Riot looking to slow down Valorant update development

By Olivia Richman


Nov 7, 2020

Reading time: 2 min

The latest Ask Valorant blog offered players more insight into issues with Patch 1.11. 

Due to a lot of game-breaking agent bugs, Patch 1.11 was rolled back at the end of October. Even though the patch has returned, along with new agent Skye, players are still concerned with the buggy update and what it may mean going forward. Valorant developers decided to address this topic in their latest blog post. 

Senior producer Arnar Gylfason said that the patch stability was “far below” their expectations in terms of both internal process improvements and infrastructure. 

“Honestly, we could even include maybe slowing down a bit,” Gylfason said. 

Since the closed beta, Valorant developers have been keeping up with their two-week patch schedule. Even working from home hasn’t slowed them down. In fact, they even released Icebox ahead of schedule, despite the fact the map wasn’t well-received by fans. 

“But it’s time to take a breath and take stock of what we need to do internally to make sure that our efforts are sustainable and hitting the quality bar you, our players, deserve,” Gylfason said. 

According to esports strategy manager Riley Yurk, Riot is working towards better syncing schedules between its different departments. The patch ended up dropping at the wrong time due to the developers wanting to enable true best-of-five experiences for tournaments, which resulted in a rush to put the map out. 

Valorant developers talk patches disrupting First Strike tournament

Patch 1.11 was also more disruptive than usual because they added more content to the patch in order to make Patch 1.12 lighter. That’s because it’s timed to drop midway through Valorant’s first major tournament, First Strike.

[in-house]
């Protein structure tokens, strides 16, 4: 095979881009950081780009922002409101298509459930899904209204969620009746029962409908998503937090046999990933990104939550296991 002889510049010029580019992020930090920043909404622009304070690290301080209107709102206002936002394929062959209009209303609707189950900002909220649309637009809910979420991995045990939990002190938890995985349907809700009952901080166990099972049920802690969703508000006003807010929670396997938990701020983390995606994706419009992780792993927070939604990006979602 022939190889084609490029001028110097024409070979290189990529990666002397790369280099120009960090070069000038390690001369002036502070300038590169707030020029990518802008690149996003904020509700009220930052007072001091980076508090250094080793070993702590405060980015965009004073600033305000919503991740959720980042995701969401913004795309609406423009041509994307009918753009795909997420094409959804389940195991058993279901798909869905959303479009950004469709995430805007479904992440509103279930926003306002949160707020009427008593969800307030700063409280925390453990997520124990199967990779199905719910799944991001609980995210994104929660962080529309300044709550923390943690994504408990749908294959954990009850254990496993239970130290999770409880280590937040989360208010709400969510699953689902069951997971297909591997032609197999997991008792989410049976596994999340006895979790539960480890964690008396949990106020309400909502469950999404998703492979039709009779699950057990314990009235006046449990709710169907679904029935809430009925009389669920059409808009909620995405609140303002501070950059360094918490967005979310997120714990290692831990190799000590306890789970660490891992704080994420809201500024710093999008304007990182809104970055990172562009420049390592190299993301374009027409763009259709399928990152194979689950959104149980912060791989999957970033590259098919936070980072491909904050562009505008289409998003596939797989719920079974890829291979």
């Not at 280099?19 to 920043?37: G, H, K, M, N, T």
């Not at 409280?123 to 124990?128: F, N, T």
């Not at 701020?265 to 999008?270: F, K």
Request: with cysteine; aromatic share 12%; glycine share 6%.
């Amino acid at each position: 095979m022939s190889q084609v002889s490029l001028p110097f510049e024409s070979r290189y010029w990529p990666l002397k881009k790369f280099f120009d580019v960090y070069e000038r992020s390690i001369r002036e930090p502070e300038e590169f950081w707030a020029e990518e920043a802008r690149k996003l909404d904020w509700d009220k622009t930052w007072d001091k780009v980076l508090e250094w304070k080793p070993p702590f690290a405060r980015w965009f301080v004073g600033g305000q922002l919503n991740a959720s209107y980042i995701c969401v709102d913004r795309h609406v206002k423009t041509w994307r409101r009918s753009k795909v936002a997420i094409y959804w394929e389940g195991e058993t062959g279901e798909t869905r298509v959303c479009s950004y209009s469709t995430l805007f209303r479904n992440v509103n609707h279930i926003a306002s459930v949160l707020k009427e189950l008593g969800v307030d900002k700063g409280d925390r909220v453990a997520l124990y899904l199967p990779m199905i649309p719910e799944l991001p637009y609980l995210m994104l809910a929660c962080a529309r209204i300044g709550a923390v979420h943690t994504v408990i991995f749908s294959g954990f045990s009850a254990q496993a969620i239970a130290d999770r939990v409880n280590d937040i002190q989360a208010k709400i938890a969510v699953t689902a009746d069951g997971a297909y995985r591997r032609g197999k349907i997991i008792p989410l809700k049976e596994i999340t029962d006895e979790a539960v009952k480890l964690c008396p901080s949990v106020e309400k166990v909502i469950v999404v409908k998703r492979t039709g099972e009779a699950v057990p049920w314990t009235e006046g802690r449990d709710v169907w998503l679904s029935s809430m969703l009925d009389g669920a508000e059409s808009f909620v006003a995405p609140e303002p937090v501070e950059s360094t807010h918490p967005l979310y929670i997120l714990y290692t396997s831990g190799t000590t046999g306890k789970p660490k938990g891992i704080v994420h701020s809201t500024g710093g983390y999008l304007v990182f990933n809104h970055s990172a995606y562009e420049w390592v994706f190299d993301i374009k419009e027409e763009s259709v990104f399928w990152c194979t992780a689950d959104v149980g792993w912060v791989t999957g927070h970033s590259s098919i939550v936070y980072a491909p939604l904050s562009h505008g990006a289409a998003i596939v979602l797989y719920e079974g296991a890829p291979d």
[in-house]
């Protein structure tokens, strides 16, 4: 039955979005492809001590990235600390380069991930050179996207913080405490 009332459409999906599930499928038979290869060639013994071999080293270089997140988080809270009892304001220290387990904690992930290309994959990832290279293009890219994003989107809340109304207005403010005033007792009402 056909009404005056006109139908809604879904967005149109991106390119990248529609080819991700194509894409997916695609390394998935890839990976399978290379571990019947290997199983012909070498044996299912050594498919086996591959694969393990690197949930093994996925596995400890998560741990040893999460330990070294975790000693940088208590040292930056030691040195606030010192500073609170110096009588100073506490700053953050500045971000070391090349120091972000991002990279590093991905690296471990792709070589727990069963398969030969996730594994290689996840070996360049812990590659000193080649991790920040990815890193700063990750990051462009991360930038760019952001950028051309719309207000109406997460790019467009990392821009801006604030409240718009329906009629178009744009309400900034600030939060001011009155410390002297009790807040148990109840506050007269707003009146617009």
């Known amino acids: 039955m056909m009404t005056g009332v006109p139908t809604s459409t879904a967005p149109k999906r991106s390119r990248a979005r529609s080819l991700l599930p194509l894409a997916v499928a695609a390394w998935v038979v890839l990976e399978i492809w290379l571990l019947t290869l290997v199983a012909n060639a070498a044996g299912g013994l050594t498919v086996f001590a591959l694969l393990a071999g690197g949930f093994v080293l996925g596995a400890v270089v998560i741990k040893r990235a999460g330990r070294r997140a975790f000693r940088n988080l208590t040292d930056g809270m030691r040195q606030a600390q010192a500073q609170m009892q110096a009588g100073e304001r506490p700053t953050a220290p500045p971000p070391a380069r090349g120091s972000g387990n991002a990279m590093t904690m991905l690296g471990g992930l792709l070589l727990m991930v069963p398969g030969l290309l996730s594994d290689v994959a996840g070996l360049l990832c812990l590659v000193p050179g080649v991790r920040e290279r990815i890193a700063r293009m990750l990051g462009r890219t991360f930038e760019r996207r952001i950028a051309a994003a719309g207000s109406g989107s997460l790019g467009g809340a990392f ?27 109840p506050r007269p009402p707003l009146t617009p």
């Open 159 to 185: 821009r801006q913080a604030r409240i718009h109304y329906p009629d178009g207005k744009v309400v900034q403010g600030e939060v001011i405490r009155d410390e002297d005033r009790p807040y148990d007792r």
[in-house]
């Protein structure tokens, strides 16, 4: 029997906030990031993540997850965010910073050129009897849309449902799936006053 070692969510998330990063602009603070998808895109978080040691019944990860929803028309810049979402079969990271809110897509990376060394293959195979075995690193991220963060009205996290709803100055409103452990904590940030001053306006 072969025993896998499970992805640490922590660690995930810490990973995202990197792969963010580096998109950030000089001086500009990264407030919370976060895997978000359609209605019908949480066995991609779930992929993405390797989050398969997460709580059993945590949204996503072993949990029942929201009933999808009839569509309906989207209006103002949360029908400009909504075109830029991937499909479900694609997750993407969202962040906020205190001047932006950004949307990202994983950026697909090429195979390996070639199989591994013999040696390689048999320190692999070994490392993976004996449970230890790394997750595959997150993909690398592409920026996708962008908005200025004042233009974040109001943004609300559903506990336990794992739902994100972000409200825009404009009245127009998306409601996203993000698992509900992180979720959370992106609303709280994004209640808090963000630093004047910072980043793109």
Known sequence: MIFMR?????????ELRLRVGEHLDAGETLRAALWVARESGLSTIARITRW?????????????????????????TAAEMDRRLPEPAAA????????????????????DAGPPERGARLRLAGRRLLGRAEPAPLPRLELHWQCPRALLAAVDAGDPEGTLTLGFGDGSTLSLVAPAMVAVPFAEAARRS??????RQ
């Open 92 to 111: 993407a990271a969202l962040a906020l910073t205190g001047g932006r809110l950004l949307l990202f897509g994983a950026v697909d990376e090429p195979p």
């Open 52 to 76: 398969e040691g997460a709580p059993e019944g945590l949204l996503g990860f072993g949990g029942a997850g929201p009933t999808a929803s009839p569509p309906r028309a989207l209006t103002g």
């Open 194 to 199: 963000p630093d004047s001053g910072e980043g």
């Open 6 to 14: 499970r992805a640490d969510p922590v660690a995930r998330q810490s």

“Due to the super dense qualifier schedule happening around the world in the month leading up to the First Strike main event, we had few dates that could both avoid being disruptive to qualifiers and provide the runway of four weeks for Icebox,” Yurk said. 

Developers wanted to release Patch 1.11 before most of the qualifiers kicked off, but it ended up not accounting for the NA Qualifiers. Yurk said it was considered “painful but okay” considering their constraints. 

“To avoid having the first NA Qualifier played on two different patches, we’ve unlocked a separate instance where the remaining 16 teams will conclude the tournament on patch 1.10. In the meantime, the live game was updated to patch 1.11 on Nov. 2. These are definitely some growing lessons we’re learning as we stand up the esport scene and game at the same time,” Yurk explained. 

For now, Valorant developers are going to do a “thorough investigation” into their process over the next few weeks. This will hopefully help them release updates that have a “higher quality bar.” Gylfason said that the team will let fans know their “roadmap for improvements” once they have answers. 

The patch was dropped during the NA Qualifiers for First Strike, making fans wonder if they were too disruptive, especially when they get rolled back. This made fans wonder if, going forward, developers will consider the esports scene when updating the game. 


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